Racic: I’ve stated before that I am only interested in serving for two terms; I don’t want to make it a life’s endeavor. I believe that everyone should pass the torch, rather than becoming crusted. So, my biggest challenge would be trying to get something accomplished. By being in a legislature, you need to form a coalition with other legislators in order to get something done. I think this is possible, as my Democratic opponents are not likely to be in the majority in either the State House of Representatives or the State Senate, so as part of the majority party, I am more likely to get something done. Right now the state has millions of acres of land, but they also have all these little orphan pieces of property. I would like to get on the Resource Committee and look at all of these lands to see where they are located in relation to cities or businesses. Then, I want to create a State Zoning Standard for low-income housing. Every town has a zoning board that are all unique to the cities and have their own requirements and zoning laws for building. All towns are permitted to enact these laws by the state. I am proposing a universal low-cost zoning requirement for these orphan properties to be developed. This would mean that developers could make tiny houses on orphan lots to provide more housing for people who are ready for starter houses or people who are ready to downsize, but still want to own their own property. I believe that the state has an opportunity here with these orphan properties to create needed affordable housing.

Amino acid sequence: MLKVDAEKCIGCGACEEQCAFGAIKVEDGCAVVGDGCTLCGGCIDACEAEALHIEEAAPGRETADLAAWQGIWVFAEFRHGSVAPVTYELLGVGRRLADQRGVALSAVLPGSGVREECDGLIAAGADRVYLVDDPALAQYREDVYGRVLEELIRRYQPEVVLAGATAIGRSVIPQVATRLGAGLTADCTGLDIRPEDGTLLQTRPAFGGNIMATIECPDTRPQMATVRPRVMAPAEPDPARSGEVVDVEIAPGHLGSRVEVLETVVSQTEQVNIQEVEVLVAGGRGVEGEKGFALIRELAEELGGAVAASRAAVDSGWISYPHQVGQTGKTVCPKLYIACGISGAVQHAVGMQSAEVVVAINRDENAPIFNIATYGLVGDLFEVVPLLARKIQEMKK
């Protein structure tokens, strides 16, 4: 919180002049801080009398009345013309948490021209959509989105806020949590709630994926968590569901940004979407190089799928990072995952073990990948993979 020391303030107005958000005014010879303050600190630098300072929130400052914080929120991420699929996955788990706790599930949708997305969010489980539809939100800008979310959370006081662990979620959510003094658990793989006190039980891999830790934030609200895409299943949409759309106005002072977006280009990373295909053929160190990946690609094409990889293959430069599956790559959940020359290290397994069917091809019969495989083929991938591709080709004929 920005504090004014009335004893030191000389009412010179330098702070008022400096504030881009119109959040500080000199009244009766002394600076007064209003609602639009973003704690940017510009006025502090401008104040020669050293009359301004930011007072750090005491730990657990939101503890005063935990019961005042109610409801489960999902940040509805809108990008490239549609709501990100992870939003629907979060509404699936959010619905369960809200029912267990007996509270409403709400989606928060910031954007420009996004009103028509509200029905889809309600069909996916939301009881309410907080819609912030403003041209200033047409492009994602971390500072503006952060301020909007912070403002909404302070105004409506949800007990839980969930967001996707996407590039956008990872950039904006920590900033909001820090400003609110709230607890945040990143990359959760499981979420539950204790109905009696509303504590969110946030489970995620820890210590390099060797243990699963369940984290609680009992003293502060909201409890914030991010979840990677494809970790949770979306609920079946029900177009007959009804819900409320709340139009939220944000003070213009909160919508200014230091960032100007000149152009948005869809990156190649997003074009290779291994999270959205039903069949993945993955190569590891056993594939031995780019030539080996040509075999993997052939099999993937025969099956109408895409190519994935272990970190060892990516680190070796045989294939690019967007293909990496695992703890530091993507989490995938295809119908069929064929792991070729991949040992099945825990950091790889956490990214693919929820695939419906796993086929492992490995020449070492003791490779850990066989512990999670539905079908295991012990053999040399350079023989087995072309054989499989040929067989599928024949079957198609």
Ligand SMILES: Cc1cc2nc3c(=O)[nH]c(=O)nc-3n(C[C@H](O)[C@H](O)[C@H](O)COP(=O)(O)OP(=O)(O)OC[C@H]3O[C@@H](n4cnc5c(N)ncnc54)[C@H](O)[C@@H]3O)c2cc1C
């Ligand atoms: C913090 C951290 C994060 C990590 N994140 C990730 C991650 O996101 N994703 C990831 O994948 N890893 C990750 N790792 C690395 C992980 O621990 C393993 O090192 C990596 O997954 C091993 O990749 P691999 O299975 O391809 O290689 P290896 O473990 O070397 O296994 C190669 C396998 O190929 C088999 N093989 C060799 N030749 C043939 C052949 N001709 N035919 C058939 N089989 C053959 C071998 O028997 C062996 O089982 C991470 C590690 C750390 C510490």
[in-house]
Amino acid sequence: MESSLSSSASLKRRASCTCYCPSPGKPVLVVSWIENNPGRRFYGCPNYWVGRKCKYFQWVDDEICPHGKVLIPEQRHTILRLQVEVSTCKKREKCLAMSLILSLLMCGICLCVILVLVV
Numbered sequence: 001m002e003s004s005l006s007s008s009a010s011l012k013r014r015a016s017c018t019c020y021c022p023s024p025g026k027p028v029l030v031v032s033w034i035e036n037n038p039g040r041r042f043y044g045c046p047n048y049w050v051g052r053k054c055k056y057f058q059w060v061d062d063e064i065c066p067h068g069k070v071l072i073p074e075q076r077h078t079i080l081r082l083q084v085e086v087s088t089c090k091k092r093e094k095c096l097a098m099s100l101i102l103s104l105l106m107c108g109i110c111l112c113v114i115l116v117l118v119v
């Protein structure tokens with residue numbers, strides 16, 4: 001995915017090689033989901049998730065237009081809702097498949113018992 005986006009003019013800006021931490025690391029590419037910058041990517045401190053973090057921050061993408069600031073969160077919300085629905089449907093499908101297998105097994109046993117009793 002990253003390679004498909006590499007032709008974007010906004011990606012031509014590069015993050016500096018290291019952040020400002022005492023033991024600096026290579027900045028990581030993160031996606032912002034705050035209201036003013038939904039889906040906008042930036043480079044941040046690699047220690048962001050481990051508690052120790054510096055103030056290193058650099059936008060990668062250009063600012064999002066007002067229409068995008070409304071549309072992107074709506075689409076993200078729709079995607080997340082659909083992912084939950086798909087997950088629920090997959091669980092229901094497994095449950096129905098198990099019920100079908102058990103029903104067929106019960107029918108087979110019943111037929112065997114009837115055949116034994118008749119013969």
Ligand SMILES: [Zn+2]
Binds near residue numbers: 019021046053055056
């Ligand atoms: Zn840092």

TNH: Why do you think voters, particularly young voters, should elect you as a State Representative?

Racic: I think many young voters haven’t really thought about the issues, but have been taught what they should think for their first 12 to 18 years. Very few of them have paid taxes or had the responsibilities of running a household. Many young voters are very intelligent and are very passionate, but the depth to which they understand life is shallow. Winston Churchill once said, “If you are not a liberal when you are young, you have no heart, and if you are not a conservative when old, you have no brain.” Every Republican that runs in Durham knows that there is no chance of being elected, as the youth are very liberal and tip the scale. I continue to run because there are still thousands of people in this town who need someone to vote for.

For students looking for more information on how to vote in the upcoming election on Nov. 8,  603 Forward offers information on their website. Students can also access more information on how to vote by checking out the University of New Hampshire Voting page.